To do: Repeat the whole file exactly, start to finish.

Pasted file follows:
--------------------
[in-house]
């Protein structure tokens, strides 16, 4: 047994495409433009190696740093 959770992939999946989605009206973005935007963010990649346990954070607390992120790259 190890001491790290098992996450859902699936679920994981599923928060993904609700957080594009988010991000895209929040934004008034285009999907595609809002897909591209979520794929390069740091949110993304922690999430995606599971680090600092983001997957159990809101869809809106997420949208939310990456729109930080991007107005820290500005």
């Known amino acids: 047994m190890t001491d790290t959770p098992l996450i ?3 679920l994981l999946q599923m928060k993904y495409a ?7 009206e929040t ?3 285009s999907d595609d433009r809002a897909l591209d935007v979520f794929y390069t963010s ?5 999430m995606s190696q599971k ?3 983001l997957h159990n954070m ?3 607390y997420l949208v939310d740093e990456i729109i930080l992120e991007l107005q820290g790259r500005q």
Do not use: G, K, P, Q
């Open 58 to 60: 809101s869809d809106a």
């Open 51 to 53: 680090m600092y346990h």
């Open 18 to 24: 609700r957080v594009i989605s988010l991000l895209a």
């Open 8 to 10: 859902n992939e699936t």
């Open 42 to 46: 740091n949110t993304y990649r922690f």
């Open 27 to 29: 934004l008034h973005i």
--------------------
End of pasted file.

[in-house]
């Protein structure tokens, strides 16, 4: 047994495409433009190696740093 959770992939999946989605009206973005935007963010990649346990954070607390992120790259 190890001491790290098992996450859902699936679920994981599923928060993904609700957080594009988010991000895209929040934004008034285009999907595609809002897909591209979520794929390069740091949110993304922690999430995606599971680090600092983001997957159990809101869809809106997420949208939310990456729109930080991007107005820290500005």
């Known amino acids: 047994m190890t001491d790290t959770p098992l996450i ?3 679920l994981l999946q599923m928060k993904y495409a ?7 009206e929040t ?3 285009s999907d595609d433009r809002a897909l591209d935007v979520f794929y390069t963010s ?5 999430m995606s190696q599971k ?3 983001l997957h159990n954070m ?3 607390y997420l949208v939310d740093e990456i729109i930080l992120e991007l107005q820290g790259r500005q």
Do not use: G, K, P, Q
């Open 58 to 60: 809101s869809d809106a």
């Open 51 to 53: 680090m600092y346990h």
């Open 18 to 24: 609700r957080v594009i989605s988010l991000l895209a």
């Open 8 to 10: 859902n992939e699936t």
């Open 42 to 46: 740091n949110t993304y990649r922690f």
């Open 27 to 29: 934004l008034h973005i």